Wednesday, 5 July 2006

The glamorous world of public relations

I had an unusually full and interesting response to my last contribution in this space.

First there was the lady who accused me of trying to murder her husband, as he had almost choked on his breakfast while reading my column. (I really am sorry, my dear, and shall try to do the job properly this time.)

Then there was the bloke who e-mailed me to ask whether I was a real person or a fictional construct. Having settled that point, he proceeded to take me to task for my ‘quite bizarre’ views, and for failing to use my media access to present public relations in a better light.

He felt that my website must be a spoof because it says that I aim to do the smallest possible amount of work for the largest amount of money. He may well be the first human ever to have undergone a completely successful sense-of-humour bypass operation. But like all decent jokes, mine has a solid foundation in truth.

This critic boasted an impressive ‘blog’ of his own, on which he put the letters ‘CIPR’ after his name. I had always thought this was an acronym for the trans-Canadian railway, but it turns out to be something called the Chartered Institute of Public Relations. Apparently an organization for people who like to think of PR as a profession. Personally, I have always thought of it as a trade, and a rather grubby one at that.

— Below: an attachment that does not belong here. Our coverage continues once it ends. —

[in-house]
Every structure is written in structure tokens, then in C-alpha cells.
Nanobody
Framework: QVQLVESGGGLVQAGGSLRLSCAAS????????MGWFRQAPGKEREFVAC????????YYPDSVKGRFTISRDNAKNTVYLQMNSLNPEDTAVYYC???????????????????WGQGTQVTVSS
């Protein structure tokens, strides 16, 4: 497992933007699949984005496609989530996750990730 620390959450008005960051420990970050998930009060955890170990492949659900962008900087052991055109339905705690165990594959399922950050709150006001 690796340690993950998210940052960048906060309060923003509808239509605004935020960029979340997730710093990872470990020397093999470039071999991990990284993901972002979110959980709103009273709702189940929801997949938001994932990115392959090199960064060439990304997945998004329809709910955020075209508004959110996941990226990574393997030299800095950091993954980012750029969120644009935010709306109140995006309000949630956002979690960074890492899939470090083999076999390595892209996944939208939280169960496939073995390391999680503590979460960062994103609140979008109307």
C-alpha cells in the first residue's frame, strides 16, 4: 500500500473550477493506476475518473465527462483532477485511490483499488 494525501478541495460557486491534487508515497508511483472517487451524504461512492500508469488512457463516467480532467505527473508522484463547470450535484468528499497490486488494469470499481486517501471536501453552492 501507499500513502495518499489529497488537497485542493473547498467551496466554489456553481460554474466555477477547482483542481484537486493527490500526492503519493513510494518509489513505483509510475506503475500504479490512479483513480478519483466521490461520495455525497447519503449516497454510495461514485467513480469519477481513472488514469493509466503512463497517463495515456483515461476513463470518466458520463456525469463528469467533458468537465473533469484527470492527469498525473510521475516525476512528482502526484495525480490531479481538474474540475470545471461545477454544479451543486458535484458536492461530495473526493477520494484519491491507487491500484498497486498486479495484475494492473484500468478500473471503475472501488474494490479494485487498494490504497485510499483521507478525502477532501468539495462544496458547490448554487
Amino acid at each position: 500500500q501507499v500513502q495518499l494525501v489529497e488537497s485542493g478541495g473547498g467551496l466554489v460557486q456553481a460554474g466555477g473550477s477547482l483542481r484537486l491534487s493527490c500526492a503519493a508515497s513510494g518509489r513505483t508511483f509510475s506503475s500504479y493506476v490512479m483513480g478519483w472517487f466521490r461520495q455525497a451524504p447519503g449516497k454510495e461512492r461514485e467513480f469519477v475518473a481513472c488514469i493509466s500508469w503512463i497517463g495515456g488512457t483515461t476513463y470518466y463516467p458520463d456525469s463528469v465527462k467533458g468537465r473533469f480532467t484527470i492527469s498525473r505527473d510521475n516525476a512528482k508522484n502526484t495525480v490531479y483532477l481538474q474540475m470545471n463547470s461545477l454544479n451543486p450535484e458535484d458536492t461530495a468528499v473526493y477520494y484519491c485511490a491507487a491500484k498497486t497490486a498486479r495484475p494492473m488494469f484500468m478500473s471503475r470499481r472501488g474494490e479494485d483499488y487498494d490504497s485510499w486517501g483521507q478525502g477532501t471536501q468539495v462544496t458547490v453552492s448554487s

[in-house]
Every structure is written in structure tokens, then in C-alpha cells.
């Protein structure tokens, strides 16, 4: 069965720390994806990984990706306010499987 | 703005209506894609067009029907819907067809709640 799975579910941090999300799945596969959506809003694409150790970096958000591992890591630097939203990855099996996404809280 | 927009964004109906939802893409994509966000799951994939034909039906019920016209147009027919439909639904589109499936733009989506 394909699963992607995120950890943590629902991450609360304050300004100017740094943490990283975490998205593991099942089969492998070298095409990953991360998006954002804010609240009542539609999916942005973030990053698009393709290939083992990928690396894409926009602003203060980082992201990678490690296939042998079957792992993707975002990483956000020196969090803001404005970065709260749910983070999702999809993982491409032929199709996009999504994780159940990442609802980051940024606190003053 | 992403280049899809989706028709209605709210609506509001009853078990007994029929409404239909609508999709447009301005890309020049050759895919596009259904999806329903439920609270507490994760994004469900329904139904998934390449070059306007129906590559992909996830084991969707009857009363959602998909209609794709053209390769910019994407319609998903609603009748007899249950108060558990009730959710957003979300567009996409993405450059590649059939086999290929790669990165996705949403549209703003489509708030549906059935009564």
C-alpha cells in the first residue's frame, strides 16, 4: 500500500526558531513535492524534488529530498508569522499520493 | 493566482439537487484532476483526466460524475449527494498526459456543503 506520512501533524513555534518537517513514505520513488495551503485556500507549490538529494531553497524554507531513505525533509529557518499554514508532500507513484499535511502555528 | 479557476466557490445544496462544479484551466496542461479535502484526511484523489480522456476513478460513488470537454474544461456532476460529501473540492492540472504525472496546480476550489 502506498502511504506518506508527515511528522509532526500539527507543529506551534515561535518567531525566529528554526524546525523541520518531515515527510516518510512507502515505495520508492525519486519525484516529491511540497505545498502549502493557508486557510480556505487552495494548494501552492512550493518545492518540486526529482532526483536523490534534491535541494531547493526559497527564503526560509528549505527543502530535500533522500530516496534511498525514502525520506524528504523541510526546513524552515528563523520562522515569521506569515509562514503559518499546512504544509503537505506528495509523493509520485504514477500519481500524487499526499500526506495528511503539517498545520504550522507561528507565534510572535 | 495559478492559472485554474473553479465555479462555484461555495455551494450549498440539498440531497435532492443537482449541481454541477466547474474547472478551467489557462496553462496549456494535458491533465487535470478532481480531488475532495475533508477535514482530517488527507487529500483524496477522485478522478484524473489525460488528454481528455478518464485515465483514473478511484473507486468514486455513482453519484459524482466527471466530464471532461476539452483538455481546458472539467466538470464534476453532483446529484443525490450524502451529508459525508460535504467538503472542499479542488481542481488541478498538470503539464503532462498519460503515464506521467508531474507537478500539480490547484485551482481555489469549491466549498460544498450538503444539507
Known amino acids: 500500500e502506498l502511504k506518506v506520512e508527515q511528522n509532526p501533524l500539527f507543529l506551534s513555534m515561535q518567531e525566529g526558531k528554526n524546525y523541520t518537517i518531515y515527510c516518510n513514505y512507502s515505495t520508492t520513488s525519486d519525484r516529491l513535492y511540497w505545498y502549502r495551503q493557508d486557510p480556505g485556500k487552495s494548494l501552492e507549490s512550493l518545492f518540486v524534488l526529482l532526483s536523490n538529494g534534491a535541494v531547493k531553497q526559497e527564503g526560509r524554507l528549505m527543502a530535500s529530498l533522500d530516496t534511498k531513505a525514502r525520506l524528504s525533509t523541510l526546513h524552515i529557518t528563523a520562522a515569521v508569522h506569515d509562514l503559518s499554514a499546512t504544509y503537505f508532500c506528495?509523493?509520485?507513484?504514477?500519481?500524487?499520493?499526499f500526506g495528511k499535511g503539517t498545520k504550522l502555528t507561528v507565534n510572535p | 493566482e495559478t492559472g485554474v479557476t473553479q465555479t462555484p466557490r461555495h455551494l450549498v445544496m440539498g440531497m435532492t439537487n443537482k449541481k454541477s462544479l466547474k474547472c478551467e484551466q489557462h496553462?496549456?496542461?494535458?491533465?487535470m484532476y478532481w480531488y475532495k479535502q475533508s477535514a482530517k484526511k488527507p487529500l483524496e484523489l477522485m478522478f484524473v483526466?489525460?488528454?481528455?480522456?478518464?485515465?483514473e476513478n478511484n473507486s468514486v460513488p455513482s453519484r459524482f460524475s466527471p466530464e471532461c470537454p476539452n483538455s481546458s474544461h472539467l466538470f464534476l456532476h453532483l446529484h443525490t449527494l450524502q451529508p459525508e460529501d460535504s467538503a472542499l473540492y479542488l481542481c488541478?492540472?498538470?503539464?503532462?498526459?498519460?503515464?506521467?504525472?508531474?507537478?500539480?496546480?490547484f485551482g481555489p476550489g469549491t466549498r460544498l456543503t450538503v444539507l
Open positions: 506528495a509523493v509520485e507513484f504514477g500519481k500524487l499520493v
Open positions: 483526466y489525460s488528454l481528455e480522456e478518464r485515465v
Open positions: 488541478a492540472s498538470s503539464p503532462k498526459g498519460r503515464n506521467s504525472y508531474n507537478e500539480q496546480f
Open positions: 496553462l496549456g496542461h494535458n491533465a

The ‘blog’ also boasted four contact telephone numbers including New York, London and Skype. Not an island off Scotland, it seems, but something to do with that Internet thingie.

I have to tell you, I was impressed. But then my image and branding consultant took it upon himself to e-mail my correspondent a few home truths about the meaning and purpose of PR, and received a rather meek reply along the lines of ‘actually, I’m only a student’.

Perhaps doing one of those degrees in public relations, which are every bit as highly regarded as those in media studies and golf course management.

By now I had concluded that I was dealing with a first class Walter Mitty fantasist, and have no idea which of the above representations of his place in society is correct. But I predict one thing with total confidence. He can look forward to a glittering career in communications, probably sanitizing the telephones in your office.

Keith Hann is a PR consultant with an unusual approach, and an even more unusual exit.

Originally published in The Journal, Newcastle upon Tyne.

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